League of Denial: The NFL’s Concussion Crisis
Dear NFL Alumni:
On Tuesday, October 8, 2013 the PBS show Frontline will air the documentary “League of Denial: The NFL’s Concussion Crisis.” You can see the trailer at the following link: PBS Documentary
As you have probably heard, ESPN decided to remove its corporate name from this documentary. The sports network, which has a lucrative deal to broadcast NFL games, will no longer permit Frontline to use its logos or other credits on the two-hour film, or two Frontline web sites related to it.
Back in 2011, ESPN signed a $15.2 billion contract with the NFL to broadcast Monday Night Football games from 2014 through 2021.
Although there is no direct evidence to show that the NFL pressured ESPN to bail out of the project, it has nonetheless provoked discussion on journalistic ethics, inappropriate corporate influence on investigative reporters, and the elevation of concern for profit over integrity.
ESPN President John Skipper said there were two things in the documentary that he thought were insufficiently respectful of the NFL. One was the contention in the trailer that advised viewers to “get ready to change the way you see the game.”
Apparently ESPN is content with the way people see the game right now.
Judging from the comments that I have seen posted by fans regarding their feelings about the concussion lawsuits, this is a documentary that they should be required to watch. I hate to say this, but most fans, do not give a rat’s ass about former players. Once we have been used up and traded in for a new model, they don’t want to hear any whining from players that – in their mind’s – made millions of dollars doing something they could only dream of doing. The most common statement they make is “They knew what they were getting into!”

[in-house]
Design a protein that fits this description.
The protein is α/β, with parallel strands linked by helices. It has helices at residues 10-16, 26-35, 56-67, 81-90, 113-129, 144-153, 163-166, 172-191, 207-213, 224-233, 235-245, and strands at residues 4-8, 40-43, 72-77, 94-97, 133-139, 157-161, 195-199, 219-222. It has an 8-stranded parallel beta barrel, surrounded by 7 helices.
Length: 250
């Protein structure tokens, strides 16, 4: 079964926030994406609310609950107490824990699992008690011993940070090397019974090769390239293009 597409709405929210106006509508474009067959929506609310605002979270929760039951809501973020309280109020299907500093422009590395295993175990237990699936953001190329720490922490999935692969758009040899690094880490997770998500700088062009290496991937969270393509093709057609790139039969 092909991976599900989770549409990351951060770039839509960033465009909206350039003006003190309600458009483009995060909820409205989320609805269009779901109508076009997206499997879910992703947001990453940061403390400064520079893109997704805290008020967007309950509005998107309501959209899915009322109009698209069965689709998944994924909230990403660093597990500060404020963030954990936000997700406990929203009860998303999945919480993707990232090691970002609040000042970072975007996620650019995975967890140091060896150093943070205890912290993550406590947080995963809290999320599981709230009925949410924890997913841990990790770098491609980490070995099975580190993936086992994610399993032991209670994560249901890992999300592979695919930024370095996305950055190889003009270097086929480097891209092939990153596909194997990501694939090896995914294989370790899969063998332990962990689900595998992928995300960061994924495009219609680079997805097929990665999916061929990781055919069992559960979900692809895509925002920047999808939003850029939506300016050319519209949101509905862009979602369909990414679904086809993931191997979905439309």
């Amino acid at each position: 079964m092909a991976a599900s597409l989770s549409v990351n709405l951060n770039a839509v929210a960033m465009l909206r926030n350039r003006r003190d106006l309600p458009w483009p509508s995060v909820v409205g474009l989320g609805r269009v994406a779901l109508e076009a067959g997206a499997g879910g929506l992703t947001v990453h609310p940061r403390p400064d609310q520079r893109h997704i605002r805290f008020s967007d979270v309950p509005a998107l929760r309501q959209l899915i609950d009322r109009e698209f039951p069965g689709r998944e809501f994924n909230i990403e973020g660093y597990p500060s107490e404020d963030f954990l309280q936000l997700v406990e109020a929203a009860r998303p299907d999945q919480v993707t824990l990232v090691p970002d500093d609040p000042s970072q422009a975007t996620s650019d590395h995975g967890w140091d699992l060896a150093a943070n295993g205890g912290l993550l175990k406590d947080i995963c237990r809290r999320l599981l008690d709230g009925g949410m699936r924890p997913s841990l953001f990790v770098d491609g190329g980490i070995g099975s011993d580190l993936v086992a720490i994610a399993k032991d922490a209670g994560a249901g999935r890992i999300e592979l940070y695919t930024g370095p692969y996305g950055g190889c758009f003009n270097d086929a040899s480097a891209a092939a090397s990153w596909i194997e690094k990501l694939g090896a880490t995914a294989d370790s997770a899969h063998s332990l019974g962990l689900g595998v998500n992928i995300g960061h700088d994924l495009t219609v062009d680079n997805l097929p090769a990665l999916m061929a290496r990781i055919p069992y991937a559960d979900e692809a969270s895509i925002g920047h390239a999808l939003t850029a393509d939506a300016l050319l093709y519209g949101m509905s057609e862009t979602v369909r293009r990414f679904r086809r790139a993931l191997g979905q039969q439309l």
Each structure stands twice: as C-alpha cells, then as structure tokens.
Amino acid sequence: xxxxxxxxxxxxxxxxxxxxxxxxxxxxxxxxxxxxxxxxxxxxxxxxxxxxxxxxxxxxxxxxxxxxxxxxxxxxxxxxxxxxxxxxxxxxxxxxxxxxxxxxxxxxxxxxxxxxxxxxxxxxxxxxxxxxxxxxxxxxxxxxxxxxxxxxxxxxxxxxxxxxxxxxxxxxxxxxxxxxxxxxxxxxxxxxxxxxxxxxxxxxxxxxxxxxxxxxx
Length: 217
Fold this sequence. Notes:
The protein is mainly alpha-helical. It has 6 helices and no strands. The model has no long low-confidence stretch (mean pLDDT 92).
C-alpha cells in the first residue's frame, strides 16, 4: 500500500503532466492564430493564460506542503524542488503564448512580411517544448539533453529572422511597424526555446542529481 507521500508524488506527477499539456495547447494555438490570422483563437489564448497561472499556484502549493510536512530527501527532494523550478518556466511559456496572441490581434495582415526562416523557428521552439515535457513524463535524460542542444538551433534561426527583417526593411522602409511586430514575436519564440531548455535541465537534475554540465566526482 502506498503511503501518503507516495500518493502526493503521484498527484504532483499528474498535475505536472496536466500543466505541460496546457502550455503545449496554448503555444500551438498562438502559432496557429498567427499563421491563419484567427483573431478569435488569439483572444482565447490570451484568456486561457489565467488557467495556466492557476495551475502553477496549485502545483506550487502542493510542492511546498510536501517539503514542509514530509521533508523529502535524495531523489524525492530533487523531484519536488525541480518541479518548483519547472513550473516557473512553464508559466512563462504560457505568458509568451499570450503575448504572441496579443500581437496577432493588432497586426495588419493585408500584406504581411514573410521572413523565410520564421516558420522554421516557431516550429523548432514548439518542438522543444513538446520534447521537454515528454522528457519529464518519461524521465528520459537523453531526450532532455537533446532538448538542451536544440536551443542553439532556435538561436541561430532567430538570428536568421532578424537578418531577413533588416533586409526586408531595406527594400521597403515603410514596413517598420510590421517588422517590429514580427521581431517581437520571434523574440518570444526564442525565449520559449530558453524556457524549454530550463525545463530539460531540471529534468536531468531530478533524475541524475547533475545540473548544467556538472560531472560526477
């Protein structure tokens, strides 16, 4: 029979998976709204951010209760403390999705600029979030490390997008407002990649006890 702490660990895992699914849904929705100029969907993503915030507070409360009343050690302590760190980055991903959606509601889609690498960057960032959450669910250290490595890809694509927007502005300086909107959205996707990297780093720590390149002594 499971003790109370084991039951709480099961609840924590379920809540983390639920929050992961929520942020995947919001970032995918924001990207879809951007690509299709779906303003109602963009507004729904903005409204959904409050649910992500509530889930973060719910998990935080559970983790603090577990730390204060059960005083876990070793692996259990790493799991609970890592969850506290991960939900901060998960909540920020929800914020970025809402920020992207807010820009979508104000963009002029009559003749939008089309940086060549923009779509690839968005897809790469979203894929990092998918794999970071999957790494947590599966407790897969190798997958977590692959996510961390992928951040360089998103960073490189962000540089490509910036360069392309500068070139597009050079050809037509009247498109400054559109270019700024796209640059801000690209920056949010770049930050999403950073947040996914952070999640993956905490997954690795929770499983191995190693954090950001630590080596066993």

That might be true in today’s NFL – now that all the horror stories on the effects of traumatic brain injury have been told – but it certainly wasn’t true for thousands of players that rattled their brains before the scientific research started pouring in.
Yes, we knew that football was a dangerous game. Construction workers, policemen, firemen know that their occupations are dangerous too. Does that stop them from going into those occupations? Hell no!
Should employees be compensated for injuries sustained on the job? Hell yes!
Should we ban police work, fire fighting, construction work and NFL Football. Hell no!
Should we continue to make these occupations safer? Hell yes!
Now, getting back to the documentary…….
ESPN’s second problem came with the trailer’s final sound bite, where neuropathologist Ann McKee says of brain damage, “I’m really wondering if every football player doesn’t have this.”
I think a lot of us are wondering the same thing.
The Concussion Settlement will provide free testing and assessment of brain injuries and cognitive impairment in former players.
The biggest question with respect to the Concussion Settlement is “How many former players will actually qualify for an injury award?”
Even though I am supporting the Concussion Settlement – because it gets money “now” to the former players and families of deceased players that have Dementia, Alzheimers, ALS and Parkinson’s – I have concerns that a large majority of players will not be diagnosed with a “severe” cognitive impairment.
When we see the final details of the proposed concussion settlement, I have a sneaking suspicion that payments for former players will be lower than what we have been told. In addition to the severity of the cognitive impairment, a player’s age and years of service in the NFL will probably be factored into the amount of an injury award.
The Limbo bar has been set very low and I believe that a large majority of the 17,000 former players will not get under it.
My question to the NFL is “Just how low will you go?”